They pipe in water quite away for this.  So, seeing the Komodo Dragons is really a staged event.  However, even so, it was quite impressive to see these prehistoric animals.

Despite all the warnings to stay hydrated, there was one passenger that collapsed and had to be carried out on a stretcher.  She was fine once she cooled down but it happens quite frequently on this tour.

Back to the rickety old dock, onto a tender and settled back aboard the ship.

That ends the “Asia” section of our cruise.  Next stop is Darwin, Australia and the start of the “Pacific” segment.


November 16, 2018 – Bali, Indonesia

Yes, Bali has beaches, surfing, diving, and resorts, great and small, but it’s the essence of Bali – and the Balinese – that makes it so much more than just a fun-in-the-sun retreat. It is possible to take the cliché of the smiling Balinese too far, but in reality, the inhabitants of this small island are indeed a generous, genuinely warm people. There’s also a fun, sly sense of humour.

This is certainly the case with all the Indonesian staff and in particular our dining room host and waiters.  They are so willing to talk about their homeland and what to see and do and in the end, we hired our waiter’s brother Agus, to tour us around Bali.  He is a tour guide on Bali complete with his own lovely 7 passenger Mazda vehicle and since there were 4 of us on our own private tour, the $150 he charged for the entire day was a good deal!

We gave him a list of a few things we wanted to see on Bali but a must for us was Tanah Lot Temple, one of Bali’s most important landmarks, famed for its unique offshore setting and sunset backdrops.

Really not all that far from Benoa where the ship docked, we were lucky that it only took us an hour to reach the temple.  The traffic was incredible and not as bad as it can be!

An ancient Hindu shrine perched on top of an outcrop amidst constantly crashing waves; Tanah Lot Temple is simply among Bali’s not-to-be-missed icons. The onshore site is dotted with smaller shrines alongside visitors’ leisure facilities that comprise restaurants, shops and a cultural park.

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After centuries of large waves persistently crashing at its rock base, Tanah Lot faced the constant threat of erosion, reaching a significant decline in 1980. The authorities carried out preservation efforts to Tanah Lot and other historical sites island-wide. Fully restored, a third of the present Tanah Lot is actually artificial rock. At high tide, waves flood the causeways making it impossible to cross.  We were lucky that we were there at low tide.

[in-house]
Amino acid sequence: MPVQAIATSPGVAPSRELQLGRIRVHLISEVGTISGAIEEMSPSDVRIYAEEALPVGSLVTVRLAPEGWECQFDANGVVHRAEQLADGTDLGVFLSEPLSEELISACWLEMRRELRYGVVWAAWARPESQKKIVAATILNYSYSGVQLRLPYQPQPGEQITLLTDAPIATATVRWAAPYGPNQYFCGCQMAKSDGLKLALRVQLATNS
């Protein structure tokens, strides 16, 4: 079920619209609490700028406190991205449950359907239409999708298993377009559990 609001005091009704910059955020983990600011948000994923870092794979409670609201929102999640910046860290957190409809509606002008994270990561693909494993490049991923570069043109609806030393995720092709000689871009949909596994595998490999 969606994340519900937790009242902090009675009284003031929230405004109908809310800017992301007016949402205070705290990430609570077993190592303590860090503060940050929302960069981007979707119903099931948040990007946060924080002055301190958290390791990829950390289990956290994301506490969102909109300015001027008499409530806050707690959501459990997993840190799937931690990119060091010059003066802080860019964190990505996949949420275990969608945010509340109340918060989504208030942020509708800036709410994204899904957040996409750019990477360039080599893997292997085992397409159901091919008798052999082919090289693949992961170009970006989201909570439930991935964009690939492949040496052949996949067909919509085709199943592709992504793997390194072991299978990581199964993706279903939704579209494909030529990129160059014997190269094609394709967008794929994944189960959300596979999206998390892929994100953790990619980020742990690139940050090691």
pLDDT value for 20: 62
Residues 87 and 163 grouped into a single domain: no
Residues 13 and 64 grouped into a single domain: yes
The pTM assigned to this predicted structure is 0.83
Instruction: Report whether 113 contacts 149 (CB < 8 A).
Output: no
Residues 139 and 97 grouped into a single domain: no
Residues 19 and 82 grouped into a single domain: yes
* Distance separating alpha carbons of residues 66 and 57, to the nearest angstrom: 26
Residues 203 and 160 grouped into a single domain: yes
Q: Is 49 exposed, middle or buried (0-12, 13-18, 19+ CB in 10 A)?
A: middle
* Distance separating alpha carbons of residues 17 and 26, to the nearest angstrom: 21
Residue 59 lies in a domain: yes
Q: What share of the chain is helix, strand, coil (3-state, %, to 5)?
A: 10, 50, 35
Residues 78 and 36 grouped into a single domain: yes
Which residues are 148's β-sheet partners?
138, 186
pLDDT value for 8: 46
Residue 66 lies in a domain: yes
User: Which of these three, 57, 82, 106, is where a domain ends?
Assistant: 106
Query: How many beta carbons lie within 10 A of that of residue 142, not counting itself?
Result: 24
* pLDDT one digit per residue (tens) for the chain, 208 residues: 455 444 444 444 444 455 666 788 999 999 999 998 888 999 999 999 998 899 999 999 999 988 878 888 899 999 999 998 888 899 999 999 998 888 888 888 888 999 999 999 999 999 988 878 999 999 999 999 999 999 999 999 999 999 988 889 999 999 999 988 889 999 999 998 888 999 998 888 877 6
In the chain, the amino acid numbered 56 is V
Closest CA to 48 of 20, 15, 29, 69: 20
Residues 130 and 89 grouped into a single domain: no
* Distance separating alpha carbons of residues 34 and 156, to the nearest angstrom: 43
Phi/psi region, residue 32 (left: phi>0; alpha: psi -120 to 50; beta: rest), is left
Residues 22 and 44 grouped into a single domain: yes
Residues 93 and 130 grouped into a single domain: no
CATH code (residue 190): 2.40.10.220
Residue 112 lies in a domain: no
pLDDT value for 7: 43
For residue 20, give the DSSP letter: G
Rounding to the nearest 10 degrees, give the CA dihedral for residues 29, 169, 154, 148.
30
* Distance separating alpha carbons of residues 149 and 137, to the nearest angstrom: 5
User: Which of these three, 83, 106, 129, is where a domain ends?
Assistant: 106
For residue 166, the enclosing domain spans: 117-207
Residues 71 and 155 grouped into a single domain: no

It was at this point when my camera stopped working.  I think it was a combination of both the heat and humidity that took its toll.  I am only hoping that somewhere along the line I can get it repaired!

At low tide, which was the case when we were there, we crossed to view the rock base to the Tirta Pabersihan fountain. This natural spout is the source of holy water for all the temples in the area. Priests at the fountain bless visitors by sprinkling holy water over their heads. You can cup your palms and take a sip to prove it is apparently fresh water.  I didn’t drink from the fountain but was welcomed to wash my face with its holy waters.

I thought perhaps this was something arranged for the tourists but our guide also performed the same ceremony.  Also, because of the low tide, we were able to visit a small cave where a sacred snake was being kept.  For a small “donation”, we were able to touch the sacred snake and be blessed with good fortune…I should have done that before my camera crapped out!  Pictured below is our friend Margaret touching the snake and then, I followed suit.

Onshore temples include the Penyawang, a spiritual proxy to Tanah Lot that hosts pilgrims when the main offshore temple is inaccessible during high tide. Other smaller temples around the site host prayer sessions for various aspects of the villagers’ agrarian life, from good rice harvests to rites of passage.

North of Tanah Lot is Batu Bolong, similarly built on a rock formation with a ‘hollow’ overpass linking to the mainland.

Convenient pathways and well-kept tropical gardens line the grounds from Tanah Lot to Batu Bolong, with resting spots offering shades and good viewpoints to both outcrops.

From Tanah Lot, we had really wanted to go see the Tegallalang Rices Terraces north around Ubud, but given the amount of traffic (now even worse), we opted to stop at some of the roadside rice paddies for a look.

When I think of Bali, I think of beautiful beaches with crystal clear waters.  So, off to the beach at Nusa Dua we went.  It was a lovely beach but honestly, I expected nicer. We have access to nicer beaches in the Caribbean and Hawaii without travelling the distances from Canada.  Having said that, Bali does have much to offer.

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Lunchtime!  We did not want to go to a tourist restaurant but rather an authentic Indonesian restaurant for some local food.  After some time driving, we ended up at Warung Bakas for the traditional Babi Guling (suckling pig) that came with spicy soup, rice and spicy beans.  A large, cold local beer was needed to put out the fire!  We asked for local and got it!

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We are now in search of a Batik shirt that I need for supper in a couple of nights.  While I was not able to find shirt to fit me in two different markets (I didn’t think I was that large), Karen was able to find lots of different things to buy!